Why are global interest rates falling?

Over 2019, interest rates for a variety of fixed terms have been declining – a topic that is likely to be front and centre at Jackson Hole over the coming days.  The weird behaviour of interest rates is something that is causing some big name economists to rethink monetary policy – such as Larry Summers thread here:

However, all I’d like to do here is talk about one of the reasons why interest rates have taken another down step in the past month or so that sounds like it has gone under the radar – poor coordination between the US Treasury and US Fed regarding cash reserves.

We’ve heard the big reasons why interest rates are falling: uncertainty due to increasing numbers of mentally unstable politicians, technological change, population aging, and a general feeling it has been too long between recessions.

However, over at Zero Hedge I spotted an interesting post by a US investment banker warning about the liquidity issues stemming from the actions of the US Treasury in the last few months. Apparently The US Treasury decided to rebuild their cash reserves from 130$million to $350 million according to the estimates.  They do this by issuing illiquid assets (such as bonds) in order to raise the cash.

Now, if the US Treasury is selling bonds to get in cash reserves, they are reducing the number of US dollars floating around. If the central bank doesn’t provide the dollars to counter-match that, it tightens monetary policy.  The Fed could have attempted to sterlize these purchases by using open market operations (or a form of QE) – or in the extreme the US Fed could simply buy the bonds off the government directly if they were certain that these reserves didn’t correspond to additional spending.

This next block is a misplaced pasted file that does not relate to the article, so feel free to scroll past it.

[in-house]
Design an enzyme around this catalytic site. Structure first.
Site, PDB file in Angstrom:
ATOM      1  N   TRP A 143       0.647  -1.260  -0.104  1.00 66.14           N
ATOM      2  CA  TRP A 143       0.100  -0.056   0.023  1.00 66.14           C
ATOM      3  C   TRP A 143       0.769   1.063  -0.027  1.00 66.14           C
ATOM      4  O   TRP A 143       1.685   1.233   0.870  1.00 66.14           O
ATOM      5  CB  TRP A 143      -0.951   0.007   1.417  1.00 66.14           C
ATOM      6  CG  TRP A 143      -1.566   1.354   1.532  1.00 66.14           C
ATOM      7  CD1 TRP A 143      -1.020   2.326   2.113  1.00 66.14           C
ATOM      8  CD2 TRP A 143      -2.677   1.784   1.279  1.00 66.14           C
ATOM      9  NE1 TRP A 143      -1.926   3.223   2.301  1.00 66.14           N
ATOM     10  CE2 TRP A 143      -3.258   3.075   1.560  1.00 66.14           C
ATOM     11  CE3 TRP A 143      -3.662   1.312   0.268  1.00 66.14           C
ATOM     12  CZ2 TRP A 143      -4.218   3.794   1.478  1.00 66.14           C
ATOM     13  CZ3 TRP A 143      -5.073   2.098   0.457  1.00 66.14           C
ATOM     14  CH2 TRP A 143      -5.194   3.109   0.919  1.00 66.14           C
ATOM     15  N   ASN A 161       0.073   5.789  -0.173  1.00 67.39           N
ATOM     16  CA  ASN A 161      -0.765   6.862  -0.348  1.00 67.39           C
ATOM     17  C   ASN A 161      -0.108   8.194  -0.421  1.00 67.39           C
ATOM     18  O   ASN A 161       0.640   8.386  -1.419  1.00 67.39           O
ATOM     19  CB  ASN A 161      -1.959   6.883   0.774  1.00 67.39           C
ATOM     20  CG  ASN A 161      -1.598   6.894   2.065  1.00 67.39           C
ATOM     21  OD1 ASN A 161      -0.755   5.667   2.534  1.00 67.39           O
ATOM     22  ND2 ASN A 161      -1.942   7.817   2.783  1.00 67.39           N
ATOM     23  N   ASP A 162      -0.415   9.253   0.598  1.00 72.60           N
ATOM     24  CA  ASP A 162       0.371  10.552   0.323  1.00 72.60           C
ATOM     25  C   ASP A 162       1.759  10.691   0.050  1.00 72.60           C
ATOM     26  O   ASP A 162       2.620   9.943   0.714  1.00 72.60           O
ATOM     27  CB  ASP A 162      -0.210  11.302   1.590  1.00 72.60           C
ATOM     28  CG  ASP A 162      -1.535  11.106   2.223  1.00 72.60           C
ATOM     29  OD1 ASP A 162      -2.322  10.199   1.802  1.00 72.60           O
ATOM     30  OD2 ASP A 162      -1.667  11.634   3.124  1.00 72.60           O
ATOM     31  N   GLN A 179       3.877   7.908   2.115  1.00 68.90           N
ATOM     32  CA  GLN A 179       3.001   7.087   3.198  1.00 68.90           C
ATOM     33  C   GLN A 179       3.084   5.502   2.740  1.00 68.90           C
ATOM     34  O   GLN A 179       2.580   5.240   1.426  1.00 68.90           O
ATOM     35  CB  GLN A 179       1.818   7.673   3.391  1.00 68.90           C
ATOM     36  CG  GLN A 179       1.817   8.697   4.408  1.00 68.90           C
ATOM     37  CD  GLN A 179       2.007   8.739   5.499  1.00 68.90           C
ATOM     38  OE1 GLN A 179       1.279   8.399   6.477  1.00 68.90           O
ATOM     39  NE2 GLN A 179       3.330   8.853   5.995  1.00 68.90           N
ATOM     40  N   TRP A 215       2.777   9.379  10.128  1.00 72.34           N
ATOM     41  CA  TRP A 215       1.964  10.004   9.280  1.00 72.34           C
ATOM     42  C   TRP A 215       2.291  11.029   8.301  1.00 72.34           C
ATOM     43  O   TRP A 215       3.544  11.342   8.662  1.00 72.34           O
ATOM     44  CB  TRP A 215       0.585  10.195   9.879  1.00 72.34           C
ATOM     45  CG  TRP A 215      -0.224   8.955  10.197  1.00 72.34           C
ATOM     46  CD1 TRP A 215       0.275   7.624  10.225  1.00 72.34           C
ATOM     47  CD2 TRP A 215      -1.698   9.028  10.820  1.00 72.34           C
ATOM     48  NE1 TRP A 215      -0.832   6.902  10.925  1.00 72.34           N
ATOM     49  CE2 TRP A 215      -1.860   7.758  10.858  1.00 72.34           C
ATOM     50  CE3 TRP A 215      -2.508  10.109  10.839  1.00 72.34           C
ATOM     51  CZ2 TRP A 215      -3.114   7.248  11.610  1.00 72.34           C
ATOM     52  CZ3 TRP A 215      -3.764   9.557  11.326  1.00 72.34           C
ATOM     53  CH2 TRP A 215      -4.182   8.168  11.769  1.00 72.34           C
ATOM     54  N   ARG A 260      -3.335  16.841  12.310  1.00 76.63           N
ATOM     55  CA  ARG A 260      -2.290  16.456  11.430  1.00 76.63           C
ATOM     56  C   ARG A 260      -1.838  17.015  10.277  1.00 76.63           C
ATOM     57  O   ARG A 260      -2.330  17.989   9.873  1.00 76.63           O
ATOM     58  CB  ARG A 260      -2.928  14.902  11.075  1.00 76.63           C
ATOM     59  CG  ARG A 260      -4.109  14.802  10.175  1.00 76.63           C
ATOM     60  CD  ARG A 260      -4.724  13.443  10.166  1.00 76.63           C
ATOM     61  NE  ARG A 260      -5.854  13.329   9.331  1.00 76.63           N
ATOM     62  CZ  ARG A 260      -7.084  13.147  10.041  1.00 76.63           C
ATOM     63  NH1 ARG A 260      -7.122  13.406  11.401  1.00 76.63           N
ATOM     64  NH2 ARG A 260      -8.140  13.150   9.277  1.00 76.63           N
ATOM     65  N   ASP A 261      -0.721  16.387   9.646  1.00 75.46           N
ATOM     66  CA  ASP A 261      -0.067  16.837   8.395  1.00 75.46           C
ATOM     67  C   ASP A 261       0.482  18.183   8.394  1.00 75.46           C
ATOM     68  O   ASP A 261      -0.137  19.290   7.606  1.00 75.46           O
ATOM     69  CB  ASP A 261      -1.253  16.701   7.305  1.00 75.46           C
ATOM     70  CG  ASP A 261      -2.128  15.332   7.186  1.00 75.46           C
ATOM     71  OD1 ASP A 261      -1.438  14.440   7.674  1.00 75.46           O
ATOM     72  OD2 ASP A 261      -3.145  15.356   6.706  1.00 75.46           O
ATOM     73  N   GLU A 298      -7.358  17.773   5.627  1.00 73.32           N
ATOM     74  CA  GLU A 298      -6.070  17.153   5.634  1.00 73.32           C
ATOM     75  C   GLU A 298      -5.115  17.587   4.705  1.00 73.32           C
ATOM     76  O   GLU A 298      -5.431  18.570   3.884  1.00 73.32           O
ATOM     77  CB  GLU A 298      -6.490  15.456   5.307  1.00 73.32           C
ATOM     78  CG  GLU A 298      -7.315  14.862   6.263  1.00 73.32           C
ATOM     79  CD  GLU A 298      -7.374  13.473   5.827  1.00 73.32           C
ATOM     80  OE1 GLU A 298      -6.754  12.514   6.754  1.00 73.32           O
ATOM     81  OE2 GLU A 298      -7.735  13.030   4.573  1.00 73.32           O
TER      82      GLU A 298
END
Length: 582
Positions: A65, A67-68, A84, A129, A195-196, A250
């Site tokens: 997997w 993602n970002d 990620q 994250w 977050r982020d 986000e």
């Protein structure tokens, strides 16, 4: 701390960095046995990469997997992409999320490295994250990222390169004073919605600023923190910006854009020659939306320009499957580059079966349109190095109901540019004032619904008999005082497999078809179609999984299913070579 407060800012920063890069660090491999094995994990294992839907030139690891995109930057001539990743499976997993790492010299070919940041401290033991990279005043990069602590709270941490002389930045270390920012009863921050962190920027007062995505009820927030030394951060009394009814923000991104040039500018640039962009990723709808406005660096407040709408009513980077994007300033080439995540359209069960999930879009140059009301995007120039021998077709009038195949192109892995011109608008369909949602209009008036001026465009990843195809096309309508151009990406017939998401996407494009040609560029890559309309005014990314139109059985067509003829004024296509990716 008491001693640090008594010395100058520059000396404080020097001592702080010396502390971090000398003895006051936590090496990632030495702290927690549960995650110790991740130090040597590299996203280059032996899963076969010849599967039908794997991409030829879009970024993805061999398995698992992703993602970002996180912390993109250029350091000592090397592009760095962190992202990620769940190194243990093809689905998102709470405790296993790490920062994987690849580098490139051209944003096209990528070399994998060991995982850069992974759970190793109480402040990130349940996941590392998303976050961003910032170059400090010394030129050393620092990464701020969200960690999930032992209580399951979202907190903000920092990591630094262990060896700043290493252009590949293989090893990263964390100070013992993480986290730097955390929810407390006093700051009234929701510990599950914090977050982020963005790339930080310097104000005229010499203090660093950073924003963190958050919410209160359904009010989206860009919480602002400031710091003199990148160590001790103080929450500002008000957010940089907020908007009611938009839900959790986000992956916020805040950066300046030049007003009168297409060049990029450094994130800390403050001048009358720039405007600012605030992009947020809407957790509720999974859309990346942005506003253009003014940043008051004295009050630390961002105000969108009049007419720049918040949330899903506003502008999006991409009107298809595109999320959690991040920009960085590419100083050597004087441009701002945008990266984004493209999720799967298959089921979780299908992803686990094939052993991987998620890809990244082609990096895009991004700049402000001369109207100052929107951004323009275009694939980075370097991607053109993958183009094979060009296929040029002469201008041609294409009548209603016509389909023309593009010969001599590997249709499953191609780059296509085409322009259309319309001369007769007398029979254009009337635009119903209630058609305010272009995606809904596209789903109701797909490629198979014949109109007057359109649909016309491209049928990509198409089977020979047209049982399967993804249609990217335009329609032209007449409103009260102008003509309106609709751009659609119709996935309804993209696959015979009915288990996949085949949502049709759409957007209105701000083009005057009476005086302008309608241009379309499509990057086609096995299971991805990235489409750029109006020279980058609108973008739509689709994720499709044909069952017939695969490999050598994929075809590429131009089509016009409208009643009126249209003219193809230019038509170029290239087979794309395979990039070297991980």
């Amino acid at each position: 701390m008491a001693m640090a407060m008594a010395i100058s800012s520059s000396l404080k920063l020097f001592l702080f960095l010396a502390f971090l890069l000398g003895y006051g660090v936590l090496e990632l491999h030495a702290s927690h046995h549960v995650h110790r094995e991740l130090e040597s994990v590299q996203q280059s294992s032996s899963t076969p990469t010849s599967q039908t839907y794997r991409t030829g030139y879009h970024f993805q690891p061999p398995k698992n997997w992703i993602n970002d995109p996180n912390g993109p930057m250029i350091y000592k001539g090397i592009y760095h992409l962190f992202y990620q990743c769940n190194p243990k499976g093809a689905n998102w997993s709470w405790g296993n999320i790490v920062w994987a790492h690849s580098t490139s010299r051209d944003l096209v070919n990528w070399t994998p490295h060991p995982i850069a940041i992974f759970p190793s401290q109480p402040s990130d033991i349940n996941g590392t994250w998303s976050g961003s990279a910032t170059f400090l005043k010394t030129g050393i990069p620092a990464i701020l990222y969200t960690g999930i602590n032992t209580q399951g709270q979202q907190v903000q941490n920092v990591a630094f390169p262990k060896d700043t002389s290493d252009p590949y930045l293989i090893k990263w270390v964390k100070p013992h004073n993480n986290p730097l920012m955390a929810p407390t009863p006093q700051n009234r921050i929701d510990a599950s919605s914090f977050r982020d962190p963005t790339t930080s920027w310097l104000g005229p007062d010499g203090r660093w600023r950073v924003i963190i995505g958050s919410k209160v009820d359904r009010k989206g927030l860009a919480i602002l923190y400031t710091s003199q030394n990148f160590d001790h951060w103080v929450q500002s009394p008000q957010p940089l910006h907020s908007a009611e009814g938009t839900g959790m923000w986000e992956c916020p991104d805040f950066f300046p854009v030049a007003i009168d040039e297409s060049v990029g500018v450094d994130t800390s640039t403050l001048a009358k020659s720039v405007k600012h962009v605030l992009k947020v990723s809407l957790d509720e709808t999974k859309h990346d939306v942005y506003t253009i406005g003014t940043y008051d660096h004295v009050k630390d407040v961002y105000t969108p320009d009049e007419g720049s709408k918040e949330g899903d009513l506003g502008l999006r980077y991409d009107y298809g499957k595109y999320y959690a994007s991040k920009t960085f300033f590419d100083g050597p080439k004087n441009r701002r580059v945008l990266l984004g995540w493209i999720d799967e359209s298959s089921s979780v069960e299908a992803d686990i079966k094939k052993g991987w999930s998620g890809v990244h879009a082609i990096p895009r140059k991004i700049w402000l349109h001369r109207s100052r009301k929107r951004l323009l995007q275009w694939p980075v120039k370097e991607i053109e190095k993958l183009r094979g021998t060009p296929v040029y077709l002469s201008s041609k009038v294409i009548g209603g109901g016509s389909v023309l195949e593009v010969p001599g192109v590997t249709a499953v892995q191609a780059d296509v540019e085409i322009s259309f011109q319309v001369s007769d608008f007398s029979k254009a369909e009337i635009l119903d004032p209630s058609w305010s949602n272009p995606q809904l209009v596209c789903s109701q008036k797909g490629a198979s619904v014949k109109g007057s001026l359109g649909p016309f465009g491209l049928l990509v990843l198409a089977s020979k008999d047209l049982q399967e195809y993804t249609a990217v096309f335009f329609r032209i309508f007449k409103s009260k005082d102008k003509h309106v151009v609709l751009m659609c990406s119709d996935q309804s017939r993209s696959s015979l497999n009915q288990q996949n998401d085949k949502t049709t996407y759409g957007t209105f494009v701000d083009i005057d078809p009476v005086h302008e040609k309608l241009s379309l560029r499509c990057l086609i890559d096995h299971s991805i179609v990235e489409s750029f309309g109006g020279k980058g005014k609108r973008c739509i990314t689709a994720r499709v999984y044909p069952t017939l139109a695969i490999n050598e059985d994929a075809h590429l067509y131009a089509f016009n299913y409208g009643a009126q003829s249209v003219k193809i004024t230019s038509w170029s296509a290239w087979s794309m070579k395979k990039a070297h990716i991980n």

Why the FED hasn’t done it yet? 

Any type of purchase from the Fed that involves either money financing debt, or a more nuanced form of increasing the money supply, would be seen as unnecessary and dangerous in “normal” times – as that would lead to inflation . But when interest rates are persistently close to zero, inflation (and the price level) constantly under target, and bond yields are as low as they are these are not normal times.  Arguably at the zero lower bound we can go as far as saying that actions that are inflationary are the “good thing”. 

How the US Treasury reserve build-up affects the rest of the world?

US Treasury demand for cash is really an increase in the demand for the primary liquid and safe asset – US dollars, the global reserve currency.  This in turn creates liquidity issues in the US and the overseas. Furthermore, this creates a scarcity of US dollars which drives an appreciation in the US dollar.

If the US was just a small open economy, then the higher dollar would affect its own exporters only. But the US currency is the reserve currency for most of the world and now we have got a situation where there is an increased demand for safe asset, which creates shortage of safe asset around the rest of the world. This leads for funding for banks being perceived risky. That in turn, puts upward pressure on banks margins.  If this is the case, then the larger than expected cut in the OCR by the RBNZ may partly be due to netting outing the increasing margins – rather than being monetary policy easing.

New Zealand, being a small open economy, has to respond to what is happening overseas.  If pressures from poor fiscal-monetary coordination in the US change financing costs for NZ banks, and see a number of our trading partners cut their interest rates, we have to follow. 

P.S. One of the other main reasons why interest rates are falling is the trade war. Here is an interesting point made on the co-movement of business cycles internationally due to shocks such as a trade war between US and China. https://voxeu.org/article/international-business-cycle-co-movement-global-production-network